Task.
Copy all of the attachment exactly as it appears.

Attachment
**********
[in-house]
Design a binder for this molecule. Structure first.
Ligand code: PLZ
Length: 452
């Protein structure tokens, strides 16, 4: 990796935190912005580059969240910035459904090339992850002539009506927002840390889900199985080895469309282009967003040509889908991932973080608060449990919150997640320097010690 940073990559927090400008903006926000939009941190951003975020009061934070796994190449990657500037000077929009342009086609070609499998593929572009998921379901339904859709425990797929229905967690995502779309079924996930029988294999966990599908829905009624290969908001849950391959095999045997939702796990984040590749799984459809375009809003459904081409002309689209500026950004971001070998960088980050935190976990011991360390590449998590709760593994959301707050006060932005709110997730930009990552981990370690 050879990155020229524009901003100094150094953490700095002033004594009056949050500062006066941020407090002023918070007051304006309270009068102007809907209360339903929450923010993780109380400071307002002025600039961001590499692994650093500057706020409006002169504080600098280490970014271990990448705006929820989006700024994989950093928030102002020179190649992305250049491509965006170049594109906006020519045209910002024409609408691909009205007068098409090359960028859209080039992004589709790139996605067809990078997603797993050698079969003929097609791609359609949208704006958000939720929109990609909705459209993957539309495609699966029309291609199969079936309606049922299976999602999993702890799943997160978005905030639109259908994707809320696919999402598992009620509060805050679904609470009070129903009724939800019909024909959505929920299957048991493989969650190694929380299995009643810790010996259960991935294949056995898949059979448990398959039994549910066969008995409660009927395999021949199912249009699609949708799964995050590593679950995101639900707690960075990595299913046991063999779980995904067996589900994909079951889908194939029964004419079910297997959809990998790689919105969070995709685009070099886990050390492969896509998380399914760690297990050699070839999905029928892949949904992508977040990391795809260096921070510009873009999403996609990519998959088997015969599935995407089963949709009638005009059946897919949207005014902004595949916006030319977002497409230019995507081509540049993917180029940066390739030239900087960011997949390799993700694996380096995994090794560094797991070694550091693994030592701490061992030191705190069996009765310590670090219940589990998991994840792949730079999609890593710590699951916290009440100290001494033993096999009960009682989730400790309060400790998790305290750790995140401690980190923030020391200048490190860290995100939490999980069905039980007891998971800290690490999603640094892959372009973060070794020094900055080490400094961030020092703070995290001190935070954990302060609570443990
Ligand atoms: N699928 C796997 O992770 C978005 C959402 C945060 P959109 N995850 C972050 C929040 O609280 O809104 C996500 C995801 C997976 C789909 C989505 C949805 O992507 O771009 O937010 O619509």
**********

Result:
[in-house]
Design a binder for this molecule. Structure first.
Ligand code: PLZ
Length: 452
């Protein structure tokens, strides 16, 4: 990796935190912005580059969240910035459904090339992850002539009506927002840390889900199985080895469309282009967003040509889908991932973080608060449990919150997640320097010690 940073990559927090400008903006926000939009941190951003975020009061934070796994190449990657500037000077929009342009086609070609499998593929572009998921379901339904859709425990797929229905967690995502779309079924996930029988294999966990599908829905009624290969908001849950391959095999045997939702796990984040590749799984459809375009809003459904081409002309689209500026950004971001070998960088980050935190976990011991360390590449998590709760593994959301707050006060932005709110997730930009990552981990370690 050879990155020229524009901003100094150094953490700095002033004594009056949050500062006066941020407090002023918070007051304006309270009068102007809907209360339903929450923010993780109380400071307002002025600039961001590499692994650093500057706020409006002169504080600098280490970014271990990448705006929820989006700024994989950093928030102002020179190649992305250049491509965006170049594109906006020519045209910002024409609408691909009205007068098409090359960028859209080039992004589709790139996605067809990078997603797993050698079969003929097609791609359609949208704006958000939720929109990609909705459209993957539309495609699966029309291609199969079936309606049922299976999602999993702890799943997160978005905030639109259908994707809320696919999402598992009620509060805050679904609470009070129903009724939800019909024909959505929920299957048991493989969650190694929380299995009643810790010996259960991935294949056995898949059979448990398959039994549910066969008995409660009927395999021949199912249009699609949708799964995050590593679950995101639900707690960075990595299913046991063999779980995904067996589900994909079951889908194939029964004419079910297997959809990998790689919105969070995709685009070099886990050390492969896509998380399914760690297990050699070839999905029928892949949904992508977040990391795809260096921070510009873009999403996609990519998959088997015969599935995407089963949709009638005009059946897919949207005014902004595949916006030319977002497409230019995507081509540049993917180029940066390739030239900087960011997949390799993700694996380096995994090794560094797991070694550091693994030592701490061992030191705190069996009765310590670090219940589990998991994840792949730079999609890593710590699951916290009440100290001494033993096999009960009682989730400790309060400790998790305290750790995140401690980190923030020391200048490190860290995100939490999980069905039980007891998971800290690490999603640094892959372009973060070794020094900055080490400094961030020092703070995290001190935070954990302060609570443990
Ligand atoms: N699928 C796997 O992770 C978005 C959402 C945060 P959109 N995850 C972050 C929040 O609280 O809104 C996500 C995801 C997976 C789909 C989505 C949805 O992507 O771009 O937010 O619509």